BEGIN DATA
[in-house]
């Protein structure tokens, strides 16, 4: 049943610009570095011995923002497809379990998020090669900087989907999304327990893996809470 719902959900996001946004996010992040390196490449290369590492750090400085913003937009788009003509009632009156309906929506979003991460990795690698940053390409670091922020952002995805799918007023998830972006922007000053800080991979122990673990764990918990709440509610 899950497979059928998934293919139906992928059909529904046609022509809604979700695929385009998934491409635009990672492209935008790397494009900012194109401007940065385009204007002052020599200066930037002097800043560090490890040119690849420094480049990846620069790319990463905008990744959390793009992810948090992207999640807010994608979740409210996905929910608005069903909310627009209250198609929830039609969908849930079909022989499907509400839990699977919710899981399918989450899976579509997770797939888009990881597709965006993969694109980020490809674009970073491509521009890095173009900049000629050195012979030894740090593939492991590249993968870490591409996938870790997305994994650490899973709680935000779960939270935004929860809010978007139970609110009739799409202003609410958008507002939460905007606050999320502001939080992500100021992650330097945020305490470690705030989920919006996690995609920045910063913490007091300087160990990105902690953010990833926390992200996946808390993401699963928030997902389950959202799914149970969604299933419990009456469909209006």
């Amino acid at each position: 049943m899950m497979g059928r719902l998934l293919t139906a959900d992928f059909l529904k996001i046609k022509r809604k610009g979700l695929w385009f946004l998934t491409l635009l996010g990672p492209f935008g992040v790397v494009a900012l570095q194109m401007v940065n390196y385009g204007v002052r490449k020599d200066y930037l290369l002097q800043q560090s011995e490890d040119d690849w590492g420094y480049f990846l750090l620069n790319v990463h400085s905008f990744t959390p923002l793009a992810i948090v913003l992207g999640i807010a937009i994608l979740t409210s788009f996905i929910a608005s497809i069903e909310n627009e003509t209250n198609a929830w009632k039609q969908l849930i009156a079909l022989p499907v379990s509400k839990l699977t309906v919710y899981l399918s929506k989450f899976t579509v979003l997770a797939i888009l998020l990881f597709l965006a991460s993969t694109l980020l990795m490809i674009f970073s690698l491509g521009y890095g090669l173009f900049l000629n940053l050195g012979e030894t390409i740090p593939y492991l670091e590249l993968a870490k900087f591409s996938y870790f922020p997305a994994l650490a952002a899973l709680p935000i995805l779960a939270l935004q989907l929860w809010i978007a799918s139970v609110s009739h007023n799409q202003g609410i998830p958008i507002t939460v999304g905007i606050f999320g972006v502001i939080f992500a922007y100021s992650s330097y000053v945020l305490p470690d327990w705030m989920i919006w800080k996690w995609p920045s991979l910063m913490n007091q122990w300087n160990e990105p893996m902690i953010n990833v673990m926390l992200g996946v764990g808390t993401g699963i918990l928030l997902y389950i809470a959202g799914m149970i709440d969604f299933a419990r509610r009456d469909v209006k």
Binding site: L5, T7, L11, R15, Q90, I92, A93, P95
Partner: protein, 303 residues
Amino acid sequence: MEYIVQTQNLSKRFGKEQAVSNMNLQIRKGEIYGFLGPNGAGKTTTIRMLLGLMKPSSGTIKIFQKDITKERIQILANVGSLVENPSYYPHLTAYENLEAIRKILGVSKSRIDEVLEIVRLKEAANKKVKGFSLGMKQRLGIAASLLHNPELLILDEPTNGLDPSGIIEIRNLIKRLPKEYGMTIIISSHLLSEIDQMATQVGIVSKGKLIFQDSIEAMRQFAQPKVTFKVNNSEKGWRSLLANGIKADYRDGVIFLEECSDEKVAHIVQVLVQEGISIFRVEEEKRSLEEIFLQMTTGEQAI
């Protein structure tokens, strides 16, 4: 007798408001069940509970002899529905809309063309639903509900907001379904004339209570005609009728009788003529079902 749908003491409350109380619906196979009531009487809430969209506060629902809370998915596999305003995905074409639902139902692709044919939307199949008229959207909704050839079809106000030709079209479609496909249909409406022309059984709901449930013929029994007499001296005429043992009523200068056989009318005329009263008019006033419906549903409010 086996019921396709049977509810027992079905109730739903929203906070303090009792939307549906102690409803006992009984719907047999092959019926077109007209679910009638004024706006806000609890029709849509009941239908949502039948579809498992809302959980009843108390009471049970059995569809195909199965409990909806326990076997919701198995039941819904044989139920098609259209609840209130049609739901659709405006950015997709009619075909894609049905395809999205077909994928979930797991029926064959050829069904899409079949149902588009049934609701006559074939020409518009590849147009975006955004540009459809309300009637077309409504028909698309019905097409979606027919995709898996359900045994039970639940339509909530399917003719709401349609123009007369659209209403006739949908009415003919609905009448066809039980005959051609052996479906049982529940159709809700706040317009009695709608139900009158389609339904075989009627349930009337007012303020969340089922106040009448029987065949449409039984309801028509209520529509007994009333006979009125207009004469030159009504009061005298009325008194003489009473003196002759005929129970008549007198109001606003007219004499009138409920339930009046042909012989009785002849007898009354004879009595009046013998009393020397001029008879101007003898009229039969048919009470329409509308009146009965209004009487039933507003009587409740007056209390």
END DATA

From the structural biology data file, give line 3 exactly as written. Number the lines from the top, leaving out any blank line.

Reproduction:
């Amino acid at each position: 049943m899950m497979g059928r719902l998934l293919t139906a959900d992928f059909l529904k996001i046609k022509r809604k610009g979700l695929w385009f946004l998934t491409l635009l996010g990672p492209f935008g992040v790397v494009a900012l570095q194109m401007v940065n390196y385009g204007v002052r490449k020599d200066y930037l290369l002097q800043q560090s011995e490890d040119d690849w590492g420094y480049f990846l750090l620069n790319v990463h400085s905008f990744t959390p923002l793009a992810i948090v913003l992207g999640i807010a937009i994608l979740t409210s788009f996905i929910a608005s497809i069903e909310n627009e003509t209250n198609a929830w009632k039609q969908l849930i009156a079909l022989p499907v379990s509400k839990l699977t309906v919710y899981l399918s929506k989450f899976t579509v979003l997770a797939i888009l998020l990881f597709l965006a991460s993969t694109l980020l990795m490809i674009f970073s690698l491509g521009y890095g090669l173009f900049l000629n940053l050195g012979e030894t390409i740090p593939y492991l670091e590249l993968a870490k900087f591409s996938y870790f922020p997305a994994l650490a952002a899973l709680p935000i995805l779960a939270l935004q989907l929860w809010i978007a799918s139970v609110s009739h007023n799409q202003g609410i998830p958008i507002t939460v999304g905007i606050f999320g972006v502001i939080f992500a922007y100021s992650s330097y000053v945020l305490p470690d327990w705030m989920i919006w800080k996690w995609p920045s991979l910063m913490n007091q122990w300087n160990e990105p893996m902690i953010n990833v673990m926390l992200g996946v764990g808390t993401g699963i918990l928030l997902y389950i809470a959202g799914m149970i709440d969604f299933a419990r509610r009456d469909v209006k």